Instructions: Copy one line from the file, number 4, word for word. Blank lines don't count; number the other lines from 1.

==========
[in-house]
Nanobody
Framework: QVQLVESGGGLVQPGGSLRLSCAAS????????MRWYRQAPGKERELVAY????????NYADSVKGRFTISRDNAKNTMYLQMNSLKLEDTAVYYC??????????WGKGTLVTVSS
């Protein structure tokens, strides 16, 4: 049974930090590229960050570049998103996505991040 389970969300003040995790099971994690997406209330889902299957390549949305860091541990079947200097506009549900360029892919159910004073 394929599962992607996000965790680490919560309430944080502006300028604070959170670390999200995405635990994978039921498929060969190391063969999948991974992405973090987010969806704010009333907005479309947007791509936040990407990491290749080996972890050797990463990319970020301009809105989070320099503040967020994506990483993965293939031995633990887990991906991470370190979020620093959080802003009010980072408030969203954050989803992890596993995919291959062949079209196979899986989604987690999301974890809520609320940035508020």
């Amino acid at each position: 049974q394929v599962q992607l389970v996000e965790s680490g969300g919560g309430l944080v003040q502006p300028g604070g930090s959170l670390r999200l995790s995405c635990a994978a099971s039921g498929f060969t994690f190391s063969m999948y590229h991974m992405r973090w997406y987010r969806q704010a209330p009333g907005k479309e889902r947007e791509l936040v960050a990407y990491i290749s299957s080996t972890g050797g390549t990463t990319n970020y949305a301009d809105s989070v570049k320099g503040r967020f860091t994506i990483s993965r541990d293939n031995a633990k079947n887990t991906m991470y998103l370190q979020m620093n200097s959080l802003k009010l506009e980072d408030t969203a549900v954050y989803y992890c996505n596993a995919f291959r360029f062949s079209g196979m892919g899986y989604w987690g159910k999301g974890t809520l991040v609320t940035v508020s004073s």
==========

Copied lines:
């Protein structure tokens, strides 16, 4: 049974930090590229960050570049998103996505991040 389970969300003040995790099971994690997406209330889902299957390549949305860091541990079947200097506009549900360029892919159910004073 394929599962992607996000965790680490919560309430944080502006300028604070959170670390999200995405635990994978039921498929060969190391063969999948991974992405973090987010969806704010009333907005479309947007791509936040990407990491290749080996972890050797990463990319970020301009809105989070320099503040967020994506990483993965293939031995633990887990991906991470370190979020620093959080802003009010980072408030969203954050989803992890596993995919291959062949079209196979899986989604987690999301974890809520609320940035508020």